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Testimony

The War on Terror and the Palestinian Intifadah

Martin S. Indyk

History will surely mark September 11, 2001 as a day of infinite infamy, a turning point for the United States and the civilized world. It could also mark a turning point for Palestinians and Israelis—the day the intifadah ended.

Whether that in fact is the case will depend above all on the actions of Chairman Arafat. But Israeli and American responses to efforts he has begun to make to stop the violence and terrorism can help create a new, positive dynamic in Israeli-Palestinian relations. If, as a result, a viable negotiating process replaces the bloodshed and hatred of the past year, America’s war on terrorism will benefit. And if the Palestinian leadership definitively repudiates violence and terrorism as legitimate means of pursuing its political objectives, then Israeli-Palestinian peace becomes an achievable objective again.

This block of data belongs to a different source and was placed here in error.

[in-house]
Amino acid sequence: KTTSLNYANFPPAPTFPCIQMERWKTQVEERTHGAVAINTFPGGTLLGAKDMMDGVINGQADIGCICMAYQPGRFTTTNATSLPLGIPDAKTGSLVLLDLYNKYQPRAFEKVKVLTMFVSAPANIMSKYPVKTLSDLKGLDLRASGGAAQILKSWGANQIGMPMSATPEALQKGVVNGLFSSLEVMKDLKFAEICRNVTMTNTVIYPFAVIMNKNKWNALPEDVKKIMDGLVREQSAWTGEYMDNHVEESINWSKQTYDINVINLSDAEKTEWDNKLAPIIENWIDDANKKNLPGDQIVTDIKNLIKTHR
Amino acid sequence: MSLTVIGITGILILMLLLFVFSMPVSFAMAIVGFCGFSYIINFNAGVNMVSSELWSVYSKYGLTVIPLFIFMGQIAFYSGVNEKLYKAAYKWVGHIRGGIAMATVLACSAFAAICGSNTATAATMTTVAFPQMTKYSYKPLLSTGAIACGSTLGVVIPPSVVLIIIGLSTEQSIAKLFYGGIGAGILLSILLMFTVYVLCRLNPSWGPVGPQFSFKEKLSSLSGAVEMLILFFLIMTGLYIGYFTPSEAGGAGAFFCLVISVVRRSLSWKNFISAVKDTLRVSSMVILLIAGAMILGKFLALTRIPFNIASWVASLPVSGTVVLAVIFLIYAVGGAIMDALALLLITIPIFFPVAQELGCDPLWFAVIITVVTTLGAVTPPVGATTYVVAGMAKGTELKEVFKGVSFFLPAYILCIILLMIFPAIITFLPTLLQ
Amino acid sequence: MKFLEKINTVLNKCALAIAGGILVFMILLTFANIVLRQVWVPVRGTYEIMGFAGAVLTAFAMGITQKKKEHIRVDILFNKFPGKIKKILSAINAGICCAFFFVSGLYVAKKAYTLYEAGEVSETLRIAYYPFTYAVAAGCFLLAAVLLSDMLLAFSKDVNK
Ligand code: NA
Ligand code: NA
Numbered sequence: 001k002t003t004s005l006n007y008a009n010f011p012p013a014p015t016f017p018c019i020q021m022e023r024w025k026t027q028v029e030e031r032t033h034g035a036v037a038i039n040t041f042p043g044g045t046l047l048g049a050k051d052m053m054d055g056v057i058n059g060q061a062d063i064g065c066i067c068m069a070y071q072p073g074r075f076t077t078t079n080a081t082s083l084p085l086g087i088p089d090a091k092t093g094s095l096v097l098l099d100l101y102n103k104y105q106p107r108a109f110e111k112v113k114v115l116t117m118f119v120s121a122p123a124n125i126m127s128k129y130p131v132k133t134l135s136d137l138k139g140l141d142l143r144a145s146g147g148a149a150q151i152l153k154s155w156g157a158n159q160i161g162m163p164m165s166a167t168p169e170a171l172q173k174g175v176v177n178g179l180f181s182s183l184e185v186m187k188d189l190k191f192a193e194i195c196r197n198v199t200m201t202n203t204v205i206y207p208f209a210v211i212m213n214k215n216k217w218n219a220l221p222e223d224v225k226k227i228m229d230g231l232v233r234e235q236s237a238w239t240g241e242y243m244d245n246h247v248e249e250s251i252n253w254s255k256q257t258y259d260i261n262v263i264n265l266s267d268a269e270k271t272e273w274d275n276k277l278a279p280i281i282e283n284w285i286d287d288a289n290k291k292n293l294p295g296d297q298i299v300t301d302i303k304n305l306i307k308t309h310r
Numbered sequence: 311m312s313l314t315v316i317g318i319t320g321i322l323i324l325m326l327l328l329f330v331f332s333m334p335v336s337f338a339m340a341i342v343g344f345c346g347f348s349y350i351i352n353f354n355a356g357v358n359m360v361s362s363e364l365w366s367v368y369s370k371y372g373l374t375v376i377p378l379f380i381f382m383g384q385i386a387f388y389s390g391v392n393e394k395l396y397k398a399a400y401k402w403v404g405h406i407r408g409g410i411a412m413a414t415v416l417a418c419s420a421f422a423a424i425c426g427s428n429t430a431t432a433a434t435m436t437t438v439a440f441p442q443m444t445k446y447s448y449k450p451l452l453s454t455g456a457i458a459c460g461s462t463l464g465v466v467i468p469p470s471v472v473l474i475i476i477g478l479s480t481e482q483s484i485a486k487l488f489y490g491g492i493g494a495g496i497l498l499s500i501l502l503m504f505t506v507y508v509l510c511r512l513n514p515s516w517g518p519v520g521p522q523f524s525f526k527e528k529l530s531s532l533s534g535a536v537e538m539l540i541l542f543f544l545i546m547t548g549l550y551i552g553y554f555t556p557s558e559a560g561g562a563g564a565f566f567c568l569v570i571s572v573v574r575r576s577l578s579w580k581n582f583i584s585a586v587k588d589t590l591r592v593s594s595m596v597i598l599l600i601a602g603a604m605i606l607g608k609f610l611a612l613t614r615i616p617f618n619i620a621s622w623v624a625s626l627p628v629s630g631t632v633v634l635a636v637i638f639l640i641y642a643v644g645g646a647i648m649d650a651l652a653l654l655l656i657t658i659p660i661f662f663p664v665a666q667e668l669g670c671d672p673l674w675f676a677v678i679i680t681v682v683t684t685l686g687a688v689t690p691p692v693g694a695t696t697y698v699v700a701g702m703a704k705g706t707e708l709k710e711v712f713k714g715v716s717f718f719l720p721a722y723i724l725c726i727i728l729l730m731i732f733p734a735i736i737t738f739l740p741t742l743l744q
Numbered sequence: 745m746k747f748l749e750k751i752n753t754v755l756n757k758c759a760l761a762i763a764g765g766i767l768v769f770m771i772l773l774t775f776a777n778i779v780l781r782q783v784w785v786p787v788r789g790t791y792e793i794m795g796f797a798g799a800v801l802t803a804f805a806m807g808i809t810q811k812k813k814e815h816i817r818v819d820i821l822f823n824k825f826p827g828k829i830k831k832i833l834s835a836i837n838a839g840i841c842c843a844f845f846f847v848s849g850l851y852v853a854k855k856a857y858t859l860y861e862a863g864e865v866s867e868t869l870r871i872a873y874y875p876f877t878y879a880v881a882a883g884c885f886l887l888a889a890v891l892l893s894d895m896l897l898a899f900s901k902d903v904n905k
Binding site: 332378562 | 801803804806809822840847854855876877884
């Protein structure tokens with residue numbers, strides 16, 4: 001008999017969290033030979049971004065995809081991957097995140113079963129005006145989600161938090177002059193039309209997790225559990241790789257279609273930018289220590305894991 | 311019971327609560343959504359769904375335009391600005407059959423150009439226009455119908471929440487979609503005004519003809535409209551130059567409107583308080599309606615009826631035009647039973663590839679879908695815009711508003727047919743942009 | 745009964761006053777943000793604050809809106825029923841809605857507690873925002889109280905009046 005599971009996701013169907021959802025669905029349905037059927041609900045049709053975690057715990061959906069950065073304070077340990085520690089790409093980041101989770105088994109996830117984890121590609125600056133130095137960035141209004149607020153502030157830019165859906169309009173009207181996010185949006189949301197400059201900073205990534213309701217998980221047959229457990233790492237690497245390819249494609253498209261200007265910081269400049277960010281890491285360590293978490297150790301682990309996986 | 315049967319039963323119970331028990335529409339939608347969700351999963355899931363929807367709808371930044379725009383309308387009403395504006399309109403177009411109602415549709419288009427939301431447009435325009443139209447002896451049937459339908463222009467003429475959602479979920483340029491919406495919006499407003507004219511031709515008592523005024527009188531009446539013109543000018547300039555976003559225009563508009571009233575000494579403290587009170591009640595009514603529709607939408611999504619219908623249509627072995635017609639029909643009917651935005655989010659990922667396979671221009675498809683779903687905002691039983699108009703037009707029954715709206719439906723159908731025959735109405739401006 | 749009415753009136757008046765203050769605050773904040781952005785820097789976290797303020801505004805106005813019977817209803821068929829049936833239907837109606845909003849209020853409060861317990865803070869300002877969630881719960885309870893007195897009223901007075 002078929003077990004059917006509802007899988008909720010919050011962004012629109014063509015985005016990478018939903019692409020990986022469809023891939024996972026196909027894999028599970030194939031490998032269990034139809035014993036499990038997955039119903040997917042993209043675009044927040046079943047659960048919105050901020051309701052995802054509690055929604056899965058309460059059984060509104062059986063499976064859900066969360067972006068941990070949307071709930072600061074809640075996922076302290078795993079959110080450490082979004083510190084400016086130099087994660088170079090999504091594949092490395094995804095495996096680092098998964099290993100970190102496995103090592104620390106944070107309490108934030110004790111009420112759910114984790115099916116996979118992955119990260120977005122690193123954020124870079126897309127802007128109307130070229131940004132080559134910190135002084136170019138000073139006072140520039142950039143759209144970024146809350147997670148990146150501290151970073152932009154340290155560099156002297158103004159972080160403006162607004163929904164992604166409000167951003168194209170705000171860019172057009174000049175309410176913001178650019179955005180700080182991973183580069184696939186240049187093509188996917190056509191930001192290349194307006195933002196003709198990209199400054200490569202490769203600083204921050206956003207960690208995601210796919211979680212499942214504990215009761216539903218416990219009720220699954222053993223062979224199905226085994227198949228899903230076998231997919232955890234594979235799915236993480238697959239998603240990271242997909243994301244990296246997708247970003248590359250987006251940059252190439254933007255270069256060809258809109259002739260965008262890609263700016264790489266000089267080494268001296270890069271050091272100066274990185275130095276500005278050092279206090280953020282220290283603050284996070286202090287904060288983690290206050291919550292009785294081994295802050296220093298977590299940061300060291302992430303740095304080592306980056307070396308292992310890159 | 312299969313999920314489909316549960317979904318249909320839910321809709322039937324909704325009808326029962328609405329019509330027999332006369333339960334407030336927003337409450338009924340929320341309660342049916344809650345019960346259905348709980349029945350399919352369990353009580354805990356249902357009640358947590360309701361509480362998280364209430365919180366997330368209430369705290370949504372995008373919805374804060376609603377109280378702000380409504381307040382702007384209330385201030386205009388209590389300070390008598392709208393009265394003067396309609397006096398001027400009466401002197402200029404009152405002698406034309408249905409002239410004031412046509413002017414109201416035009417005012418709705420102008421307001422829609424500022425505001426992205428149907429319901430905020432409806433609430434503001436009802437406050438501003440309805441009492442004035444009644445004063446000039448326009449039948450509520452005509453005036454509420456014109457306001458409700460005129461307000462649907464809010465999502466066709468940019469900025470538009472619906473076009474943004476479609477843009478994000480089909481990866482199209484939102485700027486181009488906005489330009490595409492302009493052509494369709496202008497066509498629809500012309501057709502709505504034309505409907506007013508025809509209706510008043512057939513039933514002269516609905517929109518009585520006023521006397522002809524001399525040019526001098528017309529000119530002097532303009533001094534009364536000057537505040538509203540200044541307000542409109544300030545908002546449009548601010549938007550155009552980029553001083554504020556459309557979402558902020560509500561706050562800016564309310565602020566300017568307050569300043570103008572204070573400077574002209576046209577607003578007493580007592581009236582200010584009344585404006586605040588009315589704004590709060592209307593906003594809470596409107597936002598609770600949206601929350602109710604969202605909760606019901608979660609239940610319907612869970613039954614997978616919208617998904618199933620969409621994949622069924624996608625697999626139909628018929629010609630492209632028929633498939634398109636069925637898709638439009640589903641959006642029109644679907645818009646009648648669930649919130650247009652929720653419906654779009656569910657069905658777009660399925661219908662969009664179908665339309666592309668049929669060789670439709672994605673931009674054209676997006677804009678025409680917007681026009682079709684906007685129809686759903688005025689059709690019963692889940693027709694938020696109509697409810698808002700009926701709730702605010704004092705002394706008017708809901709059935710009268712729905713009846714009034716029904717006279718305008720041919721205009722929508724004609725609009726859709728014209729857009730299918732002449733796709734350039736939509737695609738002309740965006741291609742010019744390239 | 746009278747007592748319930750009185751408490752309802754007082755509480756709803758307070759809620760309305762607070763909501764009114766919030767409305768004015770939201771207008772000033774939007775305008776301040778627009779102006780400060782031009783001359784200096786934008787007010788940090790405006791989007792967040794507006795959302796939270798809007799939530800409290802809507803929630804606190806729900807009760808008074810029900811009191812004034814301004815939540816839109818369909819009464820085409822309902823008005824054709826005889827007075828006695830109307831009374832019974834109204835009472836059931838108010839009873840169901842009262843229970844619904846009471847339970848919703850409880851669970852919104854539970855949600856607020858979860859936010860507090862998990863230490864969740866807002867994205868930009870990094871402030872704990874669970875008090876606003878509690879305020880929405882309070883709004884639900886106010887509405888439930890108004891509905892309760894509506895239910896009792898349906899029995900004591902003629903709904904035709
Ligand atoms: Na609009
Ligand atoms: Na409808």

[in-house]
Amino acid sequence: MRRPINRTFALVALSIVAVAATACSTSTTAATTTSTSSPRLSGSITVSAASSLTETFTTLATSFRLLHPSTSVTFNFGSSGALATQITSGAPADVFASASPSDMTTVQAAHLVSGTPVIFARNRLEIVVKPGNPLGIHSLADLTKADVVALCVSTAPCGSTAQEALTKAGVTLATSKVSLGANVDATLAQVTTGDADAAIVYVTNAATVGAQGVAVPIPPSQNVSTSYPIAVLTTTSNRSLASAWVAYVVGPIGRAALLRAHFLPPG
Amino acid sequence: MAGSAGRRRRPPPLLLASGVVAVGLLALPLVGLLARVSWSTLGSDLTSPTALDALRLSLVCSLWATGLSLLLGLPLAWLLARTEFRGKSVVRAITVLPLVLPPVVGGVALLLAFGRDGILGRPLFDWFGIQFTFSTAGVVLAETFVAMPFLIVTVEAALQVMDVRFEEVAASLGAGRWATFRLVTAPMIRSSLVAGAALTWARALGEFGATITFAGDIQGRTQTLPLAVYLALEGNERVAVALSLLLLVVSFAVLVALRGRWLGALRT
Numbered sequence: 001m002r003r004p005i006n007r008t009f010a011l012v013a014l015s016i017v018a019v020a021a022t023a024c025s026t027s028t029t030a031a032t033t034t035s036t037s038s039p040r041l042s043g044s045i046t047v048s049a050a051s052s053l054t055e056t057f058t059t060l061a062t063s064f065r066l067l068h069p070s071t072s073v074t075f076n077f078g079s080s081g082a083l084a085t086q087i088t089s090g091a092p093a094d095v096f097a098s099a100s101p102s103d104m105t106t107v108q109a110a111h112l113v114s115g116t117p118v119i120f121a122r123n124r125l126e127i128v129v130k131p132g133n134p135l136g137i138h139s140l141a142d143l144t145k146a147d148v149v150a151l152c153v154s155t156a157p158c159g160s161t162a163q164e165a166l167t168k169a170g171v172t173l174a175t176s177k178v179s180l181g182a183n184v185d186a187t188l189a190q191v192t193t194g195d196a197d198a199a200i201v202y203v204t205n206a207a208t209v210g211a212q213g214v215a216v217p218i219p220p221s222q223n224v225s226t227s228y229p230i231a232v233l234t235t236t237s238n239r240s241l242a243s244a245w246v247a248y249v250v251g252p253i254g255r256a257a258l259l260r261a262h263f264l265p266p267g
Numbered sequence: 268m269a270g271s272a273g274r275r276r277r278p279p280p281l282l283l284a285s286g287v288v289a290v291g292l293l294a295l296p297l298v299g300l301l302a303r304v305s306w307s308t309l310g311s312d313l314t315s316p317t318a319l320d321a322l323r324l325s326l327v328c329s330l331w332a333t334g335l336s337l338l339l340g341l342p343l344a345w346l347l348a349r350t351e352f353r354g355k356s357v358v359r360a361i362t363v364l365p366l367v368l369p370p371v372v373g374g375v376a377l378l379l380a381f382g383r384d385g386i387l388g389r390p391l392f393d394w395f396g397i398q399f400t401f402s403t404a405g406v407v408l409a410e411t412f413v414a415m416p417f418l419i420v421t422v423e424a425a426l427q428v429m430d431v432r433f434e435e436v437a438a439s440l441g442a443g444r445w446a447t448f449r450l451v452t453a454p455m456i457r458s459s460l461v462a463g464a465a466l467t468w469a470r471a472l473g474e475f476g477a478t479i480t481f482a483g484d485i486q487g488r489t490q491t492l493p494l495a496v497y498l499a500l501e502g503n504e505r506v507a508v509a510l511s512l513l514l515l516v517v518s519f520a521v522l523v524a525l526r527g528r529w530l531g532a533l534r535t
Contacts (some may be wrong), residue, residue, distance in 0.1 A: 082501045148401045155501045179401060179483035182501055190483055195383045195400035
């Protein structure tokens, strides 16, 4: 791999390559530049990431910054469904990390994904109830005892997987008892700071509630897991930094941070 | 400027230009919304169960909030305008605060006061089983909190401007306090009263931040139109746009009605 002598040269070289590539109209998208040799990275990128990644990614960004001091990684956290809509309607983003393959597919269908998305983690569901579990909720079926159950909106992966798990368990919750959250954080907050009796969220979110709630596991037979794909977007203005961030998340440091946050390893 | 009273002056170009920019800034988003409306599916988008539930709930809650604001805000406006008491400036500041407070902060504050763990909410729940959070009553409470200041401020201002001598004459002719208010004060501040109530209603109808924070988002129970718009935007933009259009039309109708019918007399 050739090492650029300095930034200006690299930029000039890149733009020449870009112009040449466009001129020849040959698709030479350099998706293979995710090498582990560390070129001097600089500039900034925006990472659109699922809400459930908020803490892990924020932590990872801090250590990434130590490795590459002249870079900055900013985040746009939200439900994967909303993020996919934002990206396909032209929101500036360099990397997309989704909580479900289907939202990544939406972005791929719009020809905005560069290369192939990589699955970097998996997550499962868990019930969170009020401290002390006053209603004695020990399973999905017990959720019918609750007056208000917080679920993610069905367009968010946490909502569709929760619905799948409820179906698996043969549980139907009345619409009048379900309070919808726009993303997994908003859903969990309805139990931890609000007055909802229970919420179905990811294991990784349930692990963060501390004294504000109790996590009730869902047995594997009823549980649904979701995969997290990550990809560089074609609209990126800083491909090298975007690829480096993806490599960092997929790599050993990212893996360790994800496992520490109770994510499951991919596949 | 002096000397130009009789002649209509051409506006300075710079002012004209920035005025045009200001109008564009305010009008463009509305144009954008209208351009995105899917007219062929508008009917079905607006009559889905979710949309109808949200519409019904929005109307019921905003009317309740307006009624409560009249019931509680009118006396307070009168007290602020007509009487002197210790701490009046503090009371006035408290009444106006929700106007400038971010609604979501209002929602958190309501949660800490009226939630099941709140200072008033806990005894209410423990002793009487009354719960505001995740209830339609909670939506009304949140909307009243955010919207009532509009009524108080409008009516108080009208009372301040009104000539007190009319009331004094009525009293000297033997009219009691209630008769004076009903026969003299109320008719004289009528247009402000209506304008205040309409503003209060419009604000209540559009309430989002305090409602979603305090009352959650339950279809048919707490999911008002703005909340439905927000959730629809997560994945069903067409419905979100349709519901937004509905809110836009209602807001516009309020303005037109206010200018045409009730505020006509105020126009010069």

This potential for a silver lining in the very darkest of clouds is already evident in Yasser Arafat’s reaction to the terrorist attacks on the World Trade Center and the Pentagon. Recognizing that the spontaneous glee shown by the Palestinian street in West Bank cities and east Jerusalem risked ending any remaining chance for international intervention to pressure Israel, Arafat took a series of steps designed to show empathy with America’s victims rather than the suicide bombers who had taken Palestinian terror tactics and raised them to a new, heinous art form. But beyond the PR effort (which included his own personal donation of blood, memorial services at Palestinian schools, and suppression of media reporting of support for the terrorists), Arafat also took a number of other unusual steps to stop Palestinian violence:

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